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Emergency services could face a flurry of false alarms this summer as an automatic crash detection system is rolled out on Apple’s newest cellphones.
The cutting-edge technology is installed on the iPhone 14 as well as some of the latest Apple Watches.
When the device detects what seems to be a severe crash, it first sounds an alarm and displays an on-screen alert. It also reads out a message, in case the user can’t see the screen, and starts a 20-second countdown.
If the alarm isn’t turned off within 20 seconds, the device automatically calls emergency services with a recorded message and a GPS location.
If the user has set up emergency contacts, the device also sends them a message saying the owner of the device has been in a serious crash.
The new technology has the potential to save lives by alerting emergency services almost immediately, especially in cases where the user is unconscious or in an area where the crashed vehicle is unlikely to be seen.
It works by using sensors such as an accelerometer to detect sudden decreases in speed, and a gyroscope, which senses sudden changes of position.
Apple says the feature also relies on advanced motion algorithms “trained with over a million hours of real-world driving and crash record data” for increased accuracy.
However, the technology is reportedly not always able to distinguish between car crashes and tumbles in adventure sports such as skiing or mountain biking, most of which are not life-threatening.
As a result, it could trigger false alarms and increase strain on already stretched emergency services.
In the US, where the rollout of the new feature coincided with the ski season, some mountain areas reported up to five false alarms a day.
Apple has since refined the technology, and the number of phones with crash detection in New Zealand is likely to remain low compared to the US, but iPhone false alarms could still become an issue here.
One such incident occurred about 11.40am last Friday when emergency services were dispatched to Ahipara after an automated iPhone report of a car crash at Te Kohanga/Shipwreck Bay.
The vehicle had crashed on the beach, according to co-ordinates provided by the device.
Fire chief Dave Ross said the call was “bizarre”.
“We got an exact GPS location right in the middle of the beach. We went straight there and found about 20 people with vehicles. None of them knew anything about a crash. We went all around the beach and found nothing.”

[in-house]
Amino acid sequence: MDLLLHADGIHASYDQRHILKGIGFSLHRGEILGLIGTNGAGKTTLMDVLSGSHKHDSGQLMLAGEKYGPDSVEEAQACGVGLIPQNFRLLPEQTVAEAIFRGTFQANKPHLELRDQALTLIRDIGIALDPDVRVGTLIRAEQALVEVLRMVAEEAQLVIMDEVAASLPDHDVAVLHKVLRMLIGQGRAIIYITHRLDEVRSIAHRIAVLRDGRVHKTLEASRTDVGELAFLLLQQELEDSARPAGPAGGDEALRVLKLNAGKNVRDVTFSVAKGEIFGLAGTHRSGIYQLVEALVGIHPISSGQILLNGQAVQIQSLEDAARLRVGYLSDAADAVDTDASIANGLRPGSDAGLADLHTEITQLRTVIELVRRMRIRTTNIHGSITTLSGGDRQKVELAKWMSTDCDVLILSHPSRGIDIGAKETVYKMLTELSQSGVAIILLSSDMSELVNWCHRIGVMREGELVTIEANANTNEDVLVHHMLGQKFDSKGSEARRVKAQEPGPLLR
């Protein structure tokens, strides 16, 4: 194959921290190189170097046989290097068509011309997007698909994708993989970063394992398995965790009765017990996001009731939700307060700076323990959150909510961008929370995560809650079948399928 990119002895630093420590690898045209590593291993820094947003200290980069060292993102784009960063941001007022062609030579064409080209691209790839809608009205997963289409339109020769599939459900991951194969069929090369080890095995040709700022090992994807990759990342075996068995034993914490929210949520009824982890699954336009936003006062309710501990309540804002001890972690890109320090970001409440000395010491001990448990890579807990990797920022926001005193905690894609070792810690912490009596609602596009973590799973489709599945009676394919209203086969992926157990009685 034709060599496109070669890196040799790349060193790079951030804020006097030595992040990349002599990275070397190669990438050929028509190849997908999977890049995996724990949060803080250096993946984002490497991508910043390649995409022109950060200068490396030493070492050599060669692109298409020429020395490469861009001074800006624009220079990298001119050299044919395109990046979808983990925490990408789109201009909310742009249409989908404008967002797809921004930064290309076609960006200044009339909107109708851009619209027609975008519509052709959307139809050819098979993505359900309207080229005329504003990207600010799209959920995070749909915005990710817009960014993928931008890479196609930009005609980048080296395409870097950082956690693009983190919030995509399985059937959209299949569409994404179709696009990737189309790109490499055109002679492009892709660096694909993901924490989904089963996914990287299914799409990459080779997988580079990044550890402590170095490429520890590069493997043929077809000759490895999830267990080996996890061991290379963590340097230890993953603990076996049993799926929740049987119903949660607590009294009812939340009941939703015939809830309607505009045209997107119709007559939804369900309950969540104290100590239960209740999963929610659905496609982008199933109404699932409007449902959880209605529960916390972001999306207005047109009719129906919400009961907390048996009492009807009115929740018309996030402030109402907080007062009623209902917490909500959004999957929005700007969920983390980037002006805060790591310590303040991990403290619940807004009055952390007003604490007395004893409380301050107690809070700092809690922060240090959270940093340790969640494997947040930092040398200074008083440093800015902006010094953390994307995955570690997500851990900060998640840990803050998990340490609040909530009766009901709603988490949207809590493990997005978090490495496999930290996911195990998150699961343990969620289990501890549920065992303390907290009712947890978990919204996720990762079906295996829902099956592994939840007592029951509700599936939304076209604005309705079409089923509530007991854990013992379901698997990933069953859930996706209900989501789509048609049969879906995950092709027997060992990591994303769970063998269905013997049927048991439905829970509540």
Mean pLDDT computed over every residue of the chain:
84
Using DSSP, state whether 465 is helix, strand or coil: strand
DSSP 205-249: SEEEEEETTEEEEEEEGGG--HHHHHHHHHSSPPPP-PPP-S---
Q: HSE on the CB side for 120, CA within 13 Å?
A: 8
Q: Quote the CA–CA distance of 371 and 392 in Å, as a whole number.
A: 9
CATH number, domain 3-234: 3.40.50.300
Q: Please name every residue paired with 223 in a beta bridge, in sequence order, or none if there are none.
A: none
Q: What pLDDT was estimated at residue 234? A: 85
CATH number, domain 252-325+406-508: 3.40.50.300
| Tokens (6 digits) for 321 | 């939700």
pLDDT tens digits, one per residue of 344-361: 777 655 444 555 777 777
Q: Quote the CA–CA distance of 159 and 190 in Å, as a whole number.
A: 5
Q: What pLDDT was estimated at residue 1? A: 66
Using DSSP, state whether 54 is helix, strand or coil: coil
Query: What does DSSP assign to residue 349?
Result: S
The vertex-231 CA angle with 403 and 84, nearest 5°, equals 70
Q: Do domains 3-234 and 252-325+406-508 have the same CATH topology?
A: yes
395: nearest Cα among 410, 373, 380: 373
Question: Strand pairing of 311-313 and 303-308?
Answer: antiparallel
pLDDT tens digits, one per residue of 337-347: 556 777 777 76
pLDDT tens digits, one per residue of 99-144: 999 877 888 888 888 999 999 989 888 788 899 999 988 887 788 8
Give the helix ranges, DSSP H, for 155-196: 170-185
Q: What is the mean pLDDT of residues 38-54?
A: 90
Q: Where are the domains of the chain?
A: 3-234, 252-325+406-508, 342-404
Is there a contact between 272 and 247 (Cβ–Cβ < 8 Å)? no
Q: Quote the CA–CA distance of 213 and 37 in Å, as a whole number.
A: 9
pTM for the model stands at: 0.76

Ross said a dispatcher later managed to contact the owner of the phone but was told everything was fine.
Fire and Emergency New Zealand (Fenz) said it had been alerted to six incidents via Apple’s automatic crash detection function since November 2022.
They had occurred in Ahipara, New Plymouth, Grey District, Christchurch, Central Otago and Southland.
A Fenz spokesperson said five were non-life-threatening false alarms, in which the Apple device had operated as expected, while one was the result of a motor vehicle crash.
An agreed process was in place between emergency services for responding to automated crash alerts, with police taking the initial notification and deciding whether the call required further response by other agencies.
Police said the iPhone alerts were not currently creating any demand issues.
“New Zealand Police have existing processes in place to manage calls where limited information has been provided, which may include conducting further enquiries,” a spokesperson said.
Meanwhile, in the US, the emergency dispatch centre in Summit County, Colorado, was fielding three to five Apple crash alerts per day in December, all related to skiing or snowboarding incidents.
The Colorado Sun quoted interim centre director Trina Dummer as saying the calls involved “a tremendous amount of resources”.
If the owner of the phone did not respond to a return call, ski patrollers would have to be sent to the location – potentially delaying responses to more serious incidents.
However, centre supervisor Suzie Butterfield told Utah-based KSL TV she didn’t want skiers to turn crash detection off.
“We do not want you to turn the feature off… We don’t mind taking that call because if something really did happen, we want to be able to get to you.”
According to Canada’s Globe and Mail, some rescue groups have asked Apple to make crash detection an opt-in feature to reduce the number of false alarms.
Dwight Yochim, of British Columbia’s Search and Rescue Association, said: “I don’t think they accounted for the people in British Columbia who love the outdoors and literally crash through the backwoods, whether it’s on mountain bikes or on skis. It clearly doesn’t take a whole lot to trigger it,” he said.
On December 11 an iPhone in the glovebox of a snowmobile bumping over rough backcountry triggered a search that involved a 40-minute helicopter flight and police door-knocking in neighbouring Alberta, at an estimated cost of C$10,000 (NZ$11,700).
Crash Detection is turned on by default on supported iPhone and Apple Watch models, but ‘Location Services for Emergency SOS’ has to be turned on before the phone can share the crash location with emergency contacts.
The phone user can also set up a Medical ID to automatically show emergency responders their medical information.
Some Apple watches have a similar feature that raises the alarm if it detects a fall onto a hard surface followed by 60 seconds of immobility.